When Michael Brantley was shelved for the remainder of the 2016 season due to chronic biceps tendinitis and right shoulder surgery, Cleveland Indians fans did not expect such a prosperous postseason journey.
After all, the 29-year-old slashed .327/.385/.506 with a career-high .890 OPS in a 2014 campaign that landed him third on the MVP ballot to go along with his first All Star Game selection. 2015 nearly matched the production of the prior season thanks to a league-leading 45 doubles in 137 games played.
Since then, the accolades have been held to a minimum for a player that proved to be an integral piece of the club's future plans.
"When something’s taken away from you that you love and care so much, especially with the group of guys we have here, it’s like a family," said Brantley. "You just want to be back out there with your family at full strength and help them win some baseball games."
This statement comes as a result of the Tribe's historic 2016 postseason run that culminated in a World Series Game 7 loss to the Chicago Cubs on home turf. Brantley could only be a spectator for the organization's valiant attempt at their first championship title since 1948.
"Well, I got to be there with the fellas and understand media, the grind, understanding what you have to do for pregame, during the game, all that stuff," Brantley said of what it was like to be with the team in 2016 despite his right shoulder injury. "Just being there with my teammates in that situation, it’s a great feeling. We did a great job last year and I just want to be a part of it."
Dr. Smooth will finally have his opportunity to contribute and be a part of a World Series caliber roster beginning on Feb. 15 when the club travels to Goodyear, AZ for spring training. According to Brantley, the progression is gradually moving along after taking non-contact swings and hitting of a tee this January.
"I’m prepared for it, mentally and physically. I’m going to do everything in my power to help put myself in the best possible scenario to be ready for that situation," said Brantley in regards to playing in an MLB game. "When it comes, I’m prepared for the best. It all depends on where I’m at and how everything is going progression wise and the schedule they have me on."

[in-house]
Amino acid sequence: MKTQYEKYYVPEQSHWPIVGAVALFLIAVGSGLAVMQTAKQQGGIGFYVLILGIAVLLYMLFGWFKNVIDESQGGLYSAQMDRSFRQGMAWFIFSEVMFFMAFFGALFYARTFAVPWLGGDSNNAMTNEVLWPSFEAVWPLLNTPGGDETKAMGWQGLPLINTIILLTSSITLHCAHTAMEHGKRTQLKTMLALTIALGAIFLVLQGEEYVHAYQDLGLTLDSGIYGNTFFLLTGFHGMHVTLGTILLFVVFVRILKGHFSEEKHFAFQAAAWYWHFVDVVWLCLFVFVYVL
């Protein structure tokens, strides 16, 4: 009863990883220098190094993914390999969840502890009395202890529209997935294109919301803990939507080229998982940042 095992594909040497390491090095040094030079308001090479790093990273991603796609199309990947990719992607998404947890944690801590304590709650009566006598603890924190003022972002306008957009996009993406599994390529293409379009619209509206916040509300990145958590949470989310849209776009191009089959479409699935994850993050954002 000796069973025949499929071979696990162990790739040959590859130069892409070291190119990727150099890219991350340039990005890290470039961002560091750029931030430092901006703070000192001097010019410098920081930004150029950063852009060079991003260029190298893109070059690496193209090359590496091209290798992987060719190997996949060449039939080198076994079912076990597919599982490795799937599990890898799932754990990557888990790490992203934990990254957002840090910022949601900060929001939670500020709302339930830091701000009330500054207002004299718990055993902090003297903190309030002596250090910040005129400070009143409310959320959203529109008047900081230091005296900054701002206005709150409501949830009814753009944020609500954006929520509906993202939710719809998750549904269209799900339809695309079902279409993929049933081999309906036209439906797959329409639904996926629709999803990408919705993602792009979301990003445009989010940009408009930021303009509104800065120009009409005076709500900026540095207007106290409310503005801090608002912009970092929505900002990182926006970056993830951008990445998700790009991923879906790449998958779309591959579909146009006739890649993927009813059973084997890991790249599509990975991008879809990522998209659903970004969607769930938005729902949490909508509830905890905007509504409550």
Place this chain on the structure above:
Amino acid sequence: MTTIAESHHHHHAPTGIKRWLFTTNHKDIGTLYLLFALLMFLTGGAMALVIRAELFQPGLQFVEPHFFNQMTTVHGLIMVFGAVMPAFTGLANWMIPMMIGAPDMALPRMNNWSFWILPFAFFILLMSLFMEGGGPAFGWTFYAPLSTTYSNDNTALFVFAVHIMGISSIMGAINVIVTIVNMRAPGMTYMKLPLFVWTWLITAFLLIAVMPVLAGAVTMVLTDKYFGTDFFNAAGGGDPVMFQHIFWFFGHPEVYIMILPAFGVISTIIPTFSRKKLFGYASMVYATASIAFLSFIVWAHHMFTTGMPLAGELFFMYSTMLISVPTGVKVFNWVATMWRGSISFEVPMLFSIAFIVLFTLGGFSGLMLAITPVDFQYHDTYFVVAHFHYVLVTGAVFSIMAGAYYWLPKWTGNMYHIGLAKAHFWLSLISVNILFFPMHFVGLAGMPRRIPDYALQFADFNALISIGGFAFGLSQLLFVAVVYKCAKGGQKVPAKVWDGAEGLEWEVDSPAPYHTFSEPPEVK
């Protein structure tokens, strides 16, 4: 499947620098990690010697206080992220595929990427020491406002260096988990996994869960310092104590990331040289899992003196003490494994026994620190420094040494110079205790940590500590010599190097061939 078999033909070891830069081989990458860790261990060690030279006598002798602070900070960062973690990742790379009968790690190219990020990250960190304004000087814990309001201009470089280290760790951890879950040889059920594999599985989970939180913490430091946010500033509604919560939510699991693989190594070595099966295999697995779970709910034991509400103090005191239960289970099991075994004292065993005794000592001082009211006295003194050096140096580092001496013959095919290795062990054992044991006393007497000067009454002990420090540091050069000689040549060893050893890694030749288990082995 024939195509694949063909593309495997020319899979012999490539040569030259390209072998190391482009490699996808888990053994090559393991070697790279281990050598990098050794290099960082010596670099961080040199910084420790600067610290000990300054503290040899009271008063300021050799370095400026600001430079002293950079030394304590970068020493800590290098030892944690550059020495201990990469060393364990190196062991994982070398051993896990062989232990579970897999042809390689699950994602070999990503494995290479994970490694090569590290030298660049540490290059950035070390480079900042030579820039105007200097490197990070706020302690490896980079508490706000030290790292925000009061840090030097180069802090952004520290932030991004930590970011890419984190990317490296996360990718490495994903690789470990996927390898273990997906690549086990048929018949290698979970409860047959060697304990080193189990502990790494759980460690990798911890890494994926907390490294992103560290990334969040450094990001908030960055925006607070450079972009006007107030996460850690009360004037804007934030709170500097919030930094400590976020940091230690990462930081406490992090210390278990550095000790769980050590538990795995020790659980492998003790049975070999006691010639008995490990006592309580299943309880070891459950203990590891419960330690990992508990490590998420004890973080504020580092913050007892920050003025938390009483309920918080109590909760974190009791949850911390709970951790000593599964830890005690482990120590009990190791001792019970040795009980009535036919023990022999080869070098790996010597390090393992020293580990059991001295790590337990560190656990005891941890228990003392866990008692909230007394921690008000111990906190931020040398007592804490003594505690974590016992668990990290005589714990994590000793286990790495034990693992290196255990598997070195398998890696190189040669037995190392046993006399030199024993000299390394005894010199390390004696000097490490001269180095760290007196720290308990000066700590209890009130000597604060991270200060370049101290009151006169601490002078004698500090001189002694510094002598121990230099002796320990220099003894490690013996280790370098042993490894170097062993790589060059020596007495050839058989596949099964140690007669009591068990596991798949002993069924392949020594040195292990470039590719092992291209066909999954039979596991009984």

Currently, there is no date set for Brantley's return. He has not played in a Major League Baseball game since May 9, 2016. Thankfully, the veteran outfielder claims he is further ahead of schedule in January of 2017 than he was in January of 2016.
"I did everything in my power to get back, strength wise, building wise, just anything that I could do. It just didn't work out," Brantley said when asked if he would do anything differently from last season. "I am, I am. I’m ahead of where I was going into spring training last year."
Brantley's undying passion for playing defense was evident both on the field and in his interview. The thought of being a designated hitter this upcoming season rather than an outfielder was quickly put to rest.
"That's the whole goal. I love playing defense and love being out there with my teammates," said Brantley.
On a multitude of occasions, Brantley referred to his "progressions" and where he is at within the rehab process. It appears the Indians are taking a more methodical approach in 2017 after he suffered countless setbacks in 2016. His early clearance to play 11 MLB games and 11 MiLB rehab contests last year aggravated the injury to an even larger degree.
Although his view from the dugout was less than ideal, Brantley still appreciates the support he has garnered from the fan base. His appearance at this weekend's Tribe Fest justifies that notion.
"I hear it all the time and I appreciate every one of them. I want to be back more than anybody, I know you guys know that," Brantley said. "Just having the support of fans and how appreciative of everything this team did means a lot to us. I just want to be a part of it and contribute."
As he mentioned, Brantley is letting the process run its course and refusing to set a target return in stone. With Coco Crisp, Rajai Davis and Marlon Byrd gone, only Abraham Almonte and the newly acquired Austin Jackson act as insurance for Brantley. Whether or not another free agent outfielder signs with the franchise remains to be seen, but Terry Francona still has the Fort Pierce, FL native atop his early-season priority list.
"I think he feels like he's making great progress, he's got to let it play itself out" said Francona. "There's a program in place and he follows it and hopefully as he gets into games, we won't run into that last hurdle. That would be wonderful for us, we miss him a whole lot more than people realize."
Only time will tell if Brantley is ready to clear the injury hurdle and emerge back onto the MLB scene.
"We got such a great group of guys around here, learned so much from last year, got so much experience and are hungry to get back," Brantley said.
John Alfes has covered the Indians for IBI since August of 2016. Follow him on Twitter @JohnAlfes for breaking news and in-depth coverage all season long.